Sherman’s March, March 20, 1865: “I cannot see why he remains” – Second day at Bentonville

The first day in the battle of Bentonville had gone the Confederate’s way.  Knocking the Federal Left Wing on its heels, General Joseph E. Johnston’s attack came up short of eliminating that force… well short.  But Johnston launched his March 19, 1865 attack at long odds knowing a lot of luck was needed.  At the close of the day, he still held the upper hand and could maneuver away.  But instead he stayed put.  No just for the 20th, but the 21st as well.  Johnston would mention the need to “cover the removal of our wounded” in a report to General Robert E. Lee on the 21st.   While that justification holds partly, unstated were more likely reasons – forcing Major-General William T. Sherman to concentrate and hoping that Sherman would attempt “Kennessaw” outside Bentonville.

Sherman was indeed concentrating his armies, but he was decidedly against another “Kennessaw.”  With two divisions each from the Fourteenth and Twentieth Corps, along with the battering from the 19th fresh in his memory, the last thing on Major-General Henry Slocum’s mind was an offensive.  He had the Left Wing entrench along a line centered on the Morris Farm.  Slocum would be ready in case Johnston renewed the attack on the 20th, but would hope for timely arrival of reinforcements.

NCMarch_March20

As detailed in the second post yesterday, in the late afternoon of March 19, Sherman issued a series of orders directly to subordinates to converge in support of Slocum’s Left Wing.  Already moving at the early hours on the 20th were Major-General William B. Hazen’s Division from Fifteenth Corps, to report to Slocum without delay.  Marching through the night, Hazen made twenty miles distance from his afternoon camp to report to Slocum at dawn on the 20th.   After a brief rest, the troops moved up on the right of Fourteenth Corps.

Also moving in the early morning hours, Major-Generals John Geary and Abaslom Baird left one brigade each to mind the trains of the Left Wing and pushed the remainder of their respective divisions to Bentonville. Geary marched eight miles and arrived at 4:30 a.m.  Baird didn’t get orders to move until 5 a.m. that morning, but pressed his two brigades to link up by mid-morning.  While Geary’s men would be in reserve the rest of the battle, Baird’s division would be heavily engaged on March 20th.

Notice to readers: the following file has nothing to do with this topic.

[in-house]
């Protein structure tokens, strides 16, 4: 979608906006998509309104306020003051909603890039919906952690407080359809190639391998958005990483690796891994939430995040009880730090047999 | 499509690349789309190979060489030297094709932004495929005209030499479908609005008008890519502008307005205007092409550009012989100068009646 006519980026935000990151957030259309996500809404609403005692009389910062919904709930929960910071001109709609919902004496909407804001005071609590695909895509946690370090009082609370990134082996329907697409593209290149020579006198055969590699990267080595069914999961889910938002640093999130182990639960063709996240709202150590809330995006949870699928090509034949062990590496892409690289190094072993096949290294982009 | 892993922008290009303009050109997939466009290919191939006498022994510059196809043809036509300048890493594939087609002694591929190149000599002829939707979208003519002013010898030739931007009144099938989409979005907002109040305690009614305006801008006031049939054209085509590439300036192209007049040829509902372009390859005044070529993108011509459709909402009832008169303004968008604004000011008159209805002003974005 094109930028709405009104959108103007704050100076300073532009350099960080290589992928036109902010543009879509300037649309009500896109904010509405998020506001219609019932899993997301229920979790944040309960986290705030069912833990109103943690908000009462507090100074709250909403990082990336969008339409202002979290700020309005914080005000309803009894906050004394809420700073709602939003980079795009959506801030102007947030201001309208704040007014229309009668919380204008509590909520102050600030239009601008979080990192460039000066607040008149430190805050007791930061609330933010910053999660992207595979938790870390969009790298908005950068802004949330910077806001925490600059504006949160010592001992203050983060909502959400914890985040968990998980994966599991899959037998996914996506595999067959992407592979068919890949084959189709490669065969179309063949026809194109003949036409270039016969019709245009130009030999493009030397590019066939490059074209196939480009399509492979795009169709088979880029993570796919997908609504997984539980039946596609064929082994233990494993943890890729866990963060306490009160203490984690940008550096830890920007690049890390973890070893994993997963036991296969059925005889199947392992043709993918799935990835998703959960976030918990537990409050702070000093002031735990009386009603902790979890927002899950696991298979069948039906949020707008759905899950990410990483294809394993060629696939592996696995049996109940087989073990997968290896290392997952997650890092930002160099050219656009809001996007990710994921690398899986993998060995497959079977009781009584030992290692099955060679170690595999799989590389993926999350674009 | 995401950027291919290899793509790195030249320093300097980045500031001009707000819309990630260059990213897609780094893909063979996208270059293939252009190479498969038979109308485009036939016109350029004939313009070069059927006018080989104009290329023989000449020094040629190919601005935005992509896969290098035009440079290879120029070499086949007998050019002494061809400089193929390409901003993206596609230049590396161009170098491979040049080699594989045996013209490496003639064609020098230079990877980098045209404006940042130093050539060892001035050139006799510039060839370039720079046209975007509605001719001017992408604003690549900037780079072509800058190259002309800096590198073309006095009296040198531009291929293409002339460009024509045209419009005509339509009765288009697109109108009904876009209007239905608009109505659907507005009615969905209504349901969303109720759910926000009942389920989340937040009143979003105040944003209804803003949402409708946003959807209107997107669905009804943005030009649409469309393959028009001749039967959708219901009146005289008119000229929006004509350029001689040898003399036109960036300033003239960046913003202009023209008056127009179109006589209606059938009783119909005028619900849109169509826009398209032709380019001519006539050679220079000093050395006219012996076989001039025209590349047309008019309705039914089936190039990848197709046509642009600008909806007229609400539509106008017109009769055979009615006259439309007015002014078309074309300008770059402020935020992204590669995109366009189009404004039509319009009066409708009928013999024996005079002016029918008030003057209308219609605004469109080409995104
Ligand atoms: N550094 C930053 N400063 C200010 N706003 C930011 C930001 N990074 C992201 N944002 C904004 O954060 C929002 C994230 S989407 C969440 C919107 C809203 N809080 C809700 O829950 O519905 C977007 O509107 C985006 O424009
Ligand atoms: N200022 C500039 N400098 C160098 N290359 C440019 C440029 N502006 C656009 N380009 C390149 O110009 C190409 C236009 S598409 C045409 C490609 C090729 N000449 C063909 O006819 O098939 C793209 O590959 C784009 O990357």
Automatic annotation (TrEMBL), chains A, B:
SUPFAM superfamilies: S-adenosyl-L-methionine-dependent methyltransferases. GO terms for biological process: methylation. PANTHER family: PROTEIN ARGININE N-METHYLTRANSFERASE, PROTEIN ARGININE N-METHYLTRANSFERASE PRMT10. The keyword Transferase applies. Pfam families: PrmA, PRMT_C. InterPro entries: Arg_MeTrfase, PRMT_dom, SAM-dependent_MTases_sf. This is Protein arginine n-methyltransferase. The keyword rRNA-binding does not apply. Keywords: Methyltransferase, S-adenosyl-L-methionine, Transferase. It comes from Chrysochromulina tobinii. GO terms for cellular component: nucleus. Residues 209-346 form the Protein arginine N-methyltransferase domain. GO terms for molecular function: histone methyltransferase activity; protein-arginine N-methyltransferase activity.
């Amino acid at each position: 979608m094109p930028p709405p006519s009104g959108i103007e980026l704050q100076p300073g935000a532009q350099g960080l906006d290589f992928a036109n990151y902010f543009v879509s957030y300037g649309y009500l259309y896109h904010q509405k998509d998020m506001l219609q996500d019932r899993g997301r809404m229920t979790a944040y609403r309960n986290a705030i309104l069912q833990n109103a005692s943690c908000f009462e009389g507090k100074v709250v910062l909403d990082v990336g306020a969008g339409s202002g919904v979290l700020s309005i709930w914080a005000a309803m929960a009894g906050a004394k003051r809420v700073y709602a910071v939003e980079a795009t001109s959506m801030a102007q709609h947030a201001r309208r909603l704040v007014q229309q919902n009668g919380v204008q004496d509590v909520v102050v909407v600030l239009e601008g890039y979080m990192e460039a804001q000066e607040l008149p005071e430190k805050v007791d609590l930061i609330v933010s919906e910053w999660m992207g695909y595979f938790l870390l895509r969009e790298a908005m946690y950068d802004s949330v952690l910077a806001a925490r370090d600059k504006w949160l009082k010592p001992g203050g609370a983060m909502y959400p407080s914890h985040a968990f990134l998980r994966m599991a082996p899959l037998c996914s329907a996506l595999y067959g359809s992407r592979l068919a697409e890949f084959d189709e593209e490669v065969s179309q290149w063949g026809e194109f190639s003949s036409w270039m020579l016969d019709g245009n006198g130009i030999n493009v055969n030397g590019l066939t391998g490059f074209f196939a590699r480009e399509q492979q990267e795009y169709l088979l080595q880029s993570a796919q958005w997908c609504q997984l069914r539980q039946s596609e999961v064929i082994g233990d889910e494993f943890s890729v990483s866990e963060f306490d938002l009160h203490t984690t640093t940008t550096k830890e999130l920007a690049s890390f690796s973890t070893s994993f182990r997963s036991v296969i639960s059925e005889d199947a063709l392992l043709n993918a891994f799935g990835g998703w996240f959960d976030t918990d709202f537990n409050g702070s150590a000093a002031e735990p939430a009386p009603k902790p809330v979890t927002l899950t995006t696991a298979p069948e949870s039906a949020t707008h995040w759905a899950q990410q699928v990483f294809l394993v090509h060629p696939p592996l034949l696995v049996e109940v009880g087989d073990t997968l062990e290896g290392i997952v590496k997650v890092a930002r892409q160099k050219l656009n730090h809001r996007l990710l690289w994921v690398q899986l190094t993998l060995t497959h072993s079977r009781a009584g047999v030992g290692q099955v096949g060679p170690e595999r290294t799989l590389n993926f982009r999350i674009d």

But it was the Right Wing that Sherman most wanted at Bentonville.  Preliminary movement started as ordered at 4 a.m. with the divisions on the move an hour later.  The Fifteenth Corps, under Major-General John Logan, lead the wing.  Logan arranged his march with Major-General Charles Woods’ division (minus a brigade under Brigadier-General William Woods, escorting the Corps’ trains), followed by those of Major-Generals John Corse and John Smith.  Following the Fifteenth Corps was the Seventeenth Corps.  This force moved with only ordnance wagons and ambulances, leaving the rest of the trains in a temporary depot in the vicinity of Falling Creek.

To prevent any Confederate force from reaching the Right Wing’s rear, Logan had Colonel Clark Wever’s brigade (from Smith’s division), supported by a section of artillery, to attack Cox’s Bridge.  Wever’s objective was not to capture the bridge, but to ensure it was destroyed.  Opposing Wever was a brigade of North Carolinians under Colonel John N. Whitford.  Smith later reported: